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Dickinson, Bruce: The Chemical Wedding (Expanded Edition)

After the ominous doomy power chords of the opening killer cut "King In Crimson", it's full speed ahead on Bruce Dickinson's stellar solo album The Chemical Wedding, long revered by fans as perhaps his finest solo outing and equal to anything Iron Maiden recorded in the last decade. Heavier than anything in the Maiden cannon, The Chemical Wedding, released in 1998, featues the dual guitar work of Adrian Smith and Roy Z (who also produced the album), Eddie Casillas on bass, and drummer David Ingraham. It's a killer line-up, and the songs on the album are for the most part brutal metal anthems, with thick down-tuned guitar riffs, dark lyrics, and one of the best Dickinson vocal performances in years.

There's really not a junker in the lot among the album's 13 songs (three are bonus tracks here on this special edition), and more than a few classics. The previously mentioned "King In Crimson" is an evil sounding metal monster, with a deliciously nasty vocal from Bruce and plenty of crushing riffs. "The Tower" is fairly Maiden-ish, with a galloping rhythm and loads of harmony guitar licks, not to mention a catchy chorus. The band headbangs with reckless abandon on "Killing Floor" and even throws in some Satanic lyrical imagery that Dickinson spews with plenty of venom, while the epic "Book of Thel" is 8-minutes of classy progressive metal that sees the whole band really firing on all cylinders. There's also the melodic "Jerusalem", the somber title cut, and the raging anthem "Machine Men", one of the heaviest tracks on the album and a tune that will easily get you pumping your fist in the air and singing along.

The three bonus tracks are all previously released in Japan but first time here in the US. They fit right into the feel of the original album as they were all recorded at the same sessions. The Chemical Wedding is not only Bruce Dickinson's greatest achievement as a solo artist, but it's also one of the hottest metal albums of the 1990's. The booklet contains some expert commentary from Dave Ling (Classic Rock and Metal Hammer) regarding the album, along with photos and lyrics. If you haven't yet heard this album, now's the time.


Track Listing
1. King in Crimson
2. Chemical Wedding
3. Tower
4. Killing Floor
5. Book of Thel
6. Gates of Urizen
7. Jerusalem
8. Trumpets of Jericho
9. Machine Men
10. Alchemist
11. Return of the King [bonus]
12. Real World [bonus]
13. Confeos [bonus]

Added: November 1st 2005
Reviewer: Pete Pardo
Score:
Related Link: Bruce Dickinson Website
Hits: 2727
Language: english

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Dickinson, Bruce: The Chemical Wedding (Expanded Edition)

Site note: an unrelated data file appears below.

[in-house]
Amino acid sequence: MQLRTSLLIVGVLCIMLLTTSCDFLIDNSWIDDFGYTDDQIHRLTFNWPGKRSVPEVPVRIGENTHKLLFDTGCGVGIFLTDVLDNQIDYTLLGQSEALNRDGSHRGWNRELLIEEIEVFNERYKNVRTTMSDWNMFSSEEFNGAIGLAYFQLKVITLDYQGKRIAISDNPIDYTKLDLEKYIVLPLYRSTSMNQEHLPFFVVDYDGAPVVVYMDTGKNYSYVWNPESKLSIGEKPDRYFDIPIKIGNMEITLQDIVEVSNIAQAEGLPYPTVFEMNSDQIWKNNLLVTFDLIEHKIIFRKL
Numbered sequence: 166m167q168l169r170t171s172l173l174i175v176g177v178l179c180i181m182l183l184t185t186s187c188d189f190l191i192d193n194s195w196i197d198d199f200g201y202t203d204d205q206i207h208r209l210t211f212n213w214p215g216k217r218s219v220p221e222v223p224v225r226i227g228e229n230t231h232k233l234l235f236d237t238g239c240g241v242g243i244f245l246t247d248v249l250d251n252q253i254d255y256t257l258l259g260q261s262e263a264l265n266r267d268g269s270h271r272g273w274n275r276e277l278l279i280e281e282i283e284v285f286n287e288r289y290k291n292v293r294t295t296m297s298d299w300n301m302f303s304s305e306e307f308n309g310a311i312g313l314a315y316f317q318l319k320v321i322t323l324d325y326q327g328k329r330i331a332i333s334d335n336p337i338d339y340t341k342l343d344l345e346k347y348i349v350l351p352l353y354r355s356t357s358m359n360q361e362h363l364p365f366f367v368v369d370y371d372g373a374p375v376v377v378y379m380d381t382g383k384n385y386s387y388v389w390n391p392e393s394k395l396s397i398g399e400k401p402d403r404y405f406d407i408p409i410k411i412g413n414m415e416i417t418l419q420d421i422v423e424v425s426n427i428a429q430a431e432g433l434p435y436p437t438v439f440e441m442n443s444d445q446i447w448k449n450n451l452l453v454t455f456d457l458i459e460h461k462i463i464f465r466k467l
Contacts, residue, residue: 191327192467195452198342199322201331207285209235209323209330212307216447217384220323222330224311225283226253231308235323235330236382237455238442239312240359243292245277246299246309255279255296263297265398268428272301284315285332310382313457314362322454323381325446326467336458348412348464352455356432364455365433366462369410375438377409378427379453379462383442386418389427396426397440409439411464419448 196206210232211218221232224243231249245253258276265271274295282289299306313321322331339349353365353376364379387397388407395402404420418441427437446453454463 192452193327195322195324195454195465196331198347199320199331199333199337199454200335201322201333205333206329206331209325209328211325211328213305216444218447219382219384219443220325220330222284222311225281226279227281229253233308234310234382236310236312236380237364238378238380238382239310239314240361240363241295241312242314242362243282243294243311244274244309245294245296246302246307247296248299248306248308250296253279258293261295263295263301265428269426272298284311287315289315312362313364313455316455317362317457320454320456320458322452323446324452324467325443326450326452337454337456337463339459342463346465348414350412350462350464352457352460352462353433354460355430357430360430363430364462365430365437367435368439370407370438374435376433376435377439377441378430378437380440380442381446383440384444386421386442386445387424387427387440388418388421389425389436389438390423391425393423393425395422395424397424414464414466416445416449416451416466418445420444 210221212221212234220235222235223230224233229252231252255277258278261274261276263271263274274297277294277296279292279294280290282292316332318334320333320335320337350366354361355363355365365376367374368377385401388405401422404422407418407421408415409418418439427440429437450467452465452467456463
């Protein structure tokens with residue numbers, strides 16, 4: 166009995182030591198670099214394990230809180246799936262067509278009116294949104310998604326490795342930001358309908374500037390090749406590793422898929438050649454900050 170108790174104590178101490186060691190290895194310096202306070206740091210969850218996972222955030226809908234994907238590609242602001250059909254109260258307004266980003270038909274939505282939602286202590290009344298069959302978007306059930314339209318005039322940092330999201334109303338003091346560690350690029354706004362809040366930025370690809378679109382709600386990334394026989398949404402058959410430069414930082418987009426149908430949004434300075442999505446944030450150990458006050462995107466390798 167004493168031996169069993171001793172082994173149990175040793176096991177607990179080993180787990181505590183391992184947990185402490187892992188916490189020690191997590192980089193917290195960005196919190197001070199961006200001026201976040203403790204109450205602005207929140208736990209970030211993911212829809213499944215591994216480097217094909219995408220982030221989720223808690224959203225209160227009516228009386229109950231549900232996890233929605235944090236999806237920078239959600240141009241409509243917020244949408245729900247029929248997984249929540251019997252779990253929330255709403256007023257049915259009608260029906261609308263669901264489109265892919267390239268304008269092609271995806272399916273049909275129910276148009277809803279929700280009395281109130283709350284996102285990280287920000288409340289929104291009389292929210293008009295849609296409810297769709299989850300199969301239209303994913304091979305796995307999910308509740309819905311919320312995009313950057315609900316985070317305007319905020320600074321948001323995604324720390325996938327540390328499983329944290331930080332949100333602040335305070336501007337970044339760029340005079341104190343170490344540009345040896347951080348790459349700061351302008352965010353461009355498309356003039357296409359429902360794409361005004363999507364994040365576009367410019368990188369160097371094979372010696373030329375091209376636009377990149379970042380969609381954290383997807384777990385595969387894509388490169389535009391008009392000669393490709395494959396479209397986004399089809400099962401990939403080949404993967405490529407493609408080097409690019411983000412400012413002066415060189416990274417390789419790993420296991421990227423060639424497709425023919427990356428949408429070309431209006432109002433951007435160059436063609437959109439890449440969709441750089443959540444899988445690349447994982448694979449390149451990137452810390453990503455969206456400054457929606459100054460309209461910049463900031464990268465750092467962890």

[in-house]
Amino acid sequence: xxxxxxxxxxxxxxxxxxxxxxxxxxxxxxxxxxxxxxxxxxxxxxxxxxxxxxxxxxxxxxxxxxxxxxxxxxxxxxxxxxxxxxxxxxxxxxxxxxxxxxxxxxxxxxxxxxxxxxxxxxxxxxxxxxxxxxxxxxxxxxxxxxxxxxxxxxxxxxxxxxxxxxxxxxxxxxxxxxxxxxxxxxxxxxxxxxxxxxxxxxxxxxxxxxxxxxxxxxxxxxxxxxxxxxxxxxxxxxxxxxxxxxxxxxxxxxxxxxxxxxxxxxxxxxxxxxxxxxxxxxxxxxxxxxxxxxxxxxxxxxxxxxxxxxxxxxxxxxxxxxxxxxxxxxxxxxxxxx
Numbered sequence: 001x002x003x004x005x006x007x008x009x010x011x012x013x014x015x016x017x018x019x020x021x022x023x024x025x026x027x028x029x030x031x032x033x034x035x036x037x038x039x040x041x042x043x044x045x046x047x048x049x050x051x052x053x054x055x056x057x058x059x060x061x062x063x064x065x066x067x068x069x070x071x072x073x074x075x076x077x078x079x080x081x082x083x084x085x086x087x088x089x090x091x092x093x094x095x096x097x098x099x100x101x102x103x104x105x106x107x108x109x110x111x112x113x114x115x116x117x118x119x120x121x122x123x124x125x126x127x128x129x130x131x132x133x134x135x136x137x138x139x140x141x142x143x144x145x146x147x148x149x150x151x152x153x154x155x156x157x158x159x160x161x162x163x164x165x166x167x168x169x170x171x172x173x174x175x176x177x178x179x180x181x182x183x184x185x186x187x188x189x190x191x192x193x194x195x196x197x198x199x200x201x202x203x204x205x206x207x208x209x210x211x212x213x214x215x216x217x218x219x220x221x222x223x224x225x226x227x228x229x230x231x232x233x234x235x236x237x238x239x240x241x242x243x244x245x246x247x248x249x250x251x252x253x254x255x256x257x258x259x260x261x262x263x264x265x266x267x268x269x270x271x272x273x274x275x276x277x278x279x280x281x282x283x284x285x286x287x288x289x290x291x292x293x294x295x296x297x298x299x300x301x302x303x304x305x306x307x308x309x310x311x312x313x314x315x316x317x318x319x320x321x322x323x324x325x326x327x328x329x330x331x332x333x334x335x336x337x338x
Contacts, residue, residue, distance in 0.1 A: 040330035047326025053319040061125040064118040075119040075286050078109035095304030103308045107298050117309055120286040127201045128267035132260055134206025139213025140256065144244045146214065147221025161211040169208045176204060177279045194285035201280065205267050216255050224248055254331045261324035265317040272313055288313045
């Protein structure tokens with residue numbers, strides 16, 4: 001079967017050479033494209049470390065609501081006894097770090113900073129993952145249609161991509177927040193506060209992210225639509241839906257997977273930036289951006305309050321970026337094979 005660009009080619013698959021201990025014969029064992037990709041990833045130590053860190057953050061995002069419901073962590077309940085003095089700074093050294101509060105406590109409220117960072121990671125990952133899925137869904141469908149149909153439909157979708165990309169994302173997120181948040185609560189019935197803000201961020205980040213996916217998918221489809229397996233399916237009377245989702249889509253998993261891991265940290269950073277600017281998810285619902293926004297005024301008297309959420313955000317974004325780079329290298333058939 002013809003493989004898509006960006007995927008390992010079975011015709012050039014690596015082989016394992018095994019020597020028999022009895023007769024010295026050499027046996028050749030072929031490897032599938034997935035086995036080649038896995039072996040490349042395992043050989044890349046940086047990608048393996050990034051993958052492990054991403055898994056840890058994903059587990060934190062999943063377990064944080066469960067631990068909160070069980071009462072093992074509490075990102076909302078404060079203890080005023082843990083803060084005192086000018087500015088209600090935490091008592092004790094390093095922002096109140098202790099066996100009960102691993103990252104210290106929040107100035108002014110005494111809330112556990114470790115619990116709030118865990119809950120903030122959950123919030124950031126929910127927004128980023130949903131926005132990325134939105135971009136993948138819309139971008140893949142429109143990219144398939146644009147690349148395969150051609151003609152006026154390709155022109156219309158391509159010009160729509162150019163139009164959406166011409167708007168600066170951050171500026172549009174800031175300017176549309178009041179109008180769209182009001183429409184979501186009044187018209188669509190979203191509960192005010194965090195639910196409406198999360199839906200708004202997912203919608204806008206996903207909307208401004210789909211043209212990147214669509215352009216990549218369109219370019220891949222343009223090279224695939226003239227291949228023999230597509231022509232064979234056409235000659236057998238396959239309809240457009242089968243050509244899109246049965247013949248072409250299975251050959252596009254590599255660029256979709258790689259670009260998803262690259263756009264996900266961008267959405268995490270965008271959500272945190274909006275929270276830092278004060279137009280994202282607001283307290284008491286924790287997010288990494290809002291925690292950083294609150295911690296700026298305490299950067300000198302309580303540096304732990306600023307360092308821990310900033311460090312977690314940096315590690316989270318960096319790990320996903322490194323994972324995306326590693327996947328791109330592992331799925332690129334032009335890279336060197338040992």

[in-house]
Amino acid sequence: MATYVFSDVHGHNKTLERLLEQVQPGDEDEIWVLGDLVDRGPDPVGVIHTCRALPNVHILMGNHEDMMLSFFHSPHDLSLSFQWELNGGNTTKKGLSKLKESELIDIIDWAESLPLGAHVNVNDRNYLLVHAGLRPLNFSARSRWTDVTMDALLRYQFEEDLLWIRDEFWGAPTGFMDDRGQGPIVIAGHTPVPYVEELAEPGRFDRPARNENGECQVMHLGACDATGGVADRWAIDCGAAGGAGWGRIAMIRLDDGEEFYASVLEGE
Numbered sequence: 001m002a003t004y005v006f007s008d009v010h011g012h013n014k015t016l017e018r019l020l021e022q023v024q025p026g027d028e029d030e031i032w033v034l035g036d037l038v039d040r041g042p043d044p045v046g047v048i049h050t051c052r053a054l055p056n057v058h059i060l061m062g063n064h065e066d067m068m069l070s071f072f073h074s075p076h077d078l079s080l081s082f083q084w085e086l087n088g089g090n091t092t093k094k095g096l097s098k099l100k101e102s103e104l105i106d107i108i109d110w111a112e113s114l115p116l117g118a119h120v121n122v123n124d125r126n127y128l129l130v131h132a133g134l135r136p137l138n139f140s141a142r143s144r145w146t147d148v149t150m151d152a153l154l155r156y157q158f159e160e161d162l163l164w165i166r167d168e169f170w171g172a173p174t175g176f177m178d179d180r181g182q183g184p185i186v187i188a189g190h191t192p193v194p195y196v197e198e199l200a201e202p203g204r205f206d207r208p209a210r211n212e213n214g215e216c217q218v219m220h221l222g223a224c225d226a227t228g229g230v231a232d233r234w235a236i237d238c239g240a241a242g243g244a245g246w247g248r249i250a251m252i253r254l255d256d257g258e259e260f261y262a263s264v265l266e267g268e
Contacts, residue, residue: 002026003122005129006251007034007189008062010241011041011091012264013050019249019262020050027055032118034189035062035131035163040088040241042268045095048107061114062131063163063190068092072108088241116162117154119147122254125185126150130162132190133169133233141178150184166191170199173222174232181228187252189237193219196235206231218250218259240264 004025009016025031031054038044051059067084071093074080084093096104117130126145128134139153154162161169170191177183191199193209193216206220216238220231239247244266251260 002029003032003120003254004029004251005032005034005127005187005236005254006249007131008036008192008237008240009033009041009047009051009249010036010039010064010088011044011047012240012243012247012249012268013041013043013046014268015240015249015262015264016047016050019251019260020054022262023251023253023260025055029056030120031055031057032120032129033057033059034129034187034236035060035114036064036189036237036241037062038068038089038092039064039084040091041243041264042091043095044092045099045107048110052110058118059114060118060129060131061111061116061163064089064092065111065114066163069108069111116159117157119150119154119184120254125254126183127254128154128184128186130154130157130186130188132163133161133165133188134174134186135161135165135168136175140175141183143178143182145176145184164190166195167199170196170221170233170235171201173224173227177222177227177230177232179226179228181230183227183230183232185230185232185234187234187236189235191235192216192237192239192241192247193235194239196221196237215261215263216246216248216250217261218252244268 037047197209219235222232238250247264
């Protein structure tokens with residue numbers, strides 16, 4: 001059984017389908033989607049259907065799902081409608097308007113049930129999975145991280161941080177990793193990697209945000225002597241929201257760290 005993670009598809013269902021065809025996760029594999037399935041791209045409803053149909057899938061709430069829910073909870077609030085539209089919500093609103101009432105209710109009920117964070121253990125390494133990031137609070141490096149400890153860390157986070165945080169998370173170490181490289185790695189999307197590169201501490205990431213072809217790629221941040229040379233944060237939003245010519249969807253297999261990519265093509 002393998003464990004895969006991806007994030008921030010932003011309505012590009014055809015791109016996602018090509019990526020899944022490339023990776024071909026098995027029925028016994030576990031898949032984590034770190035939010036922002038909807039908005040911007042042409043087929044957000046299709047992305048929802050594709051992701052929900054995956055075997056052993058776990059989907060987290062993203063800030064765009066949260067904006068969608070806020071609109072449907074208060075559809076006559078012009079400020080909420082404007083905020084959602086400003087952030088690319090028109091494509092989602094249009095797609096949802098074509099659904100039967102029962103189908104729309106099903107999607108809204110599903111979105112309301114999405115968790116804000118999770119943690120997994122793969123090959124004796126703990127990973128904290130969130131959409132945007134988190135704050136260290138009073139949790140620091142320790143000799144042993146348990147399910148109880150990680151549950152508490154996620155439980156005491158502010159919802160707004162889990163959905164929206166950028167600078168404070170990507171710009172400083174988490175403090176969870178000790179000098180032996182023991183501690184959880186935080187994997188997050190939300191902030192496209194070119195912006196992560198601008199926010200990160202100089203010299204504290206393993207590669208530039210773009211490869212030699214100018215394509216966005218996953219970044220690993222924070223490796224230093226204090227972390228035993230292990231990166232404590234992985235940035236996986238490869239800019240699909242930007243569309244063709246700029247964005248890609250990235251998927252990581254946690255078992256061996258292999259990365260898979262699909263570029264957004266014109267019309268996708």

Posted by Ken Pierce, SoT Staff Writer on 2006-07-28 05:47:20
My Score:

The Chemical Wedding is a no holds barred return to the Hard Rock/Metal roots and an end to the experimental & avant-garde material that was being showcased on earlier solo efforts of Bruce Dickinson. The welcome change to his fans from the Iron Maiden years would be considered his finest and heaviest of the solo albums released and making it more special would be the presence of Adrian Smith and Producer Roy Z. on guitars. Dickinson was holding strong onto a very productive solo career and Iron Maiden had slowed down a little bit with singer Blaze Bailey on the microphone. Blaze while a good singer did not command the appeal that Dickinson did and the material would also not hold much of a sway on the audience either with the exception of "The Clansman". The delivery of tracks like "The King In Crimson" and "Killing Floor" proved to many that Bruce was still capable of being heavy and these tracks had more punch to them than any of Maiden's offerings of the time. The remastered edition includes a couple of bonus tracks and expanded liner notes while his other catalog re-issues include a second CD with outtakes and live tracks. The band completing the lineup for the recording includes Eddie Casillas (bass) and David Ingraham (drums) and each compliment one another making this album a must-have if you are looking into beginning your collection of Bruce's solo work. This is perhaps his best of the entire back catalog and it would close out on Dickinson's solo career for a couple of years. Just after the release of the recording the singer decided to return to Iron Maiden and once again lead the charge with Adrian, Steve, Nicko, Dave and Janick (and let me not forget Eddie for fear of losing my head for it). Check this one out it is one of the best Metal albums around.






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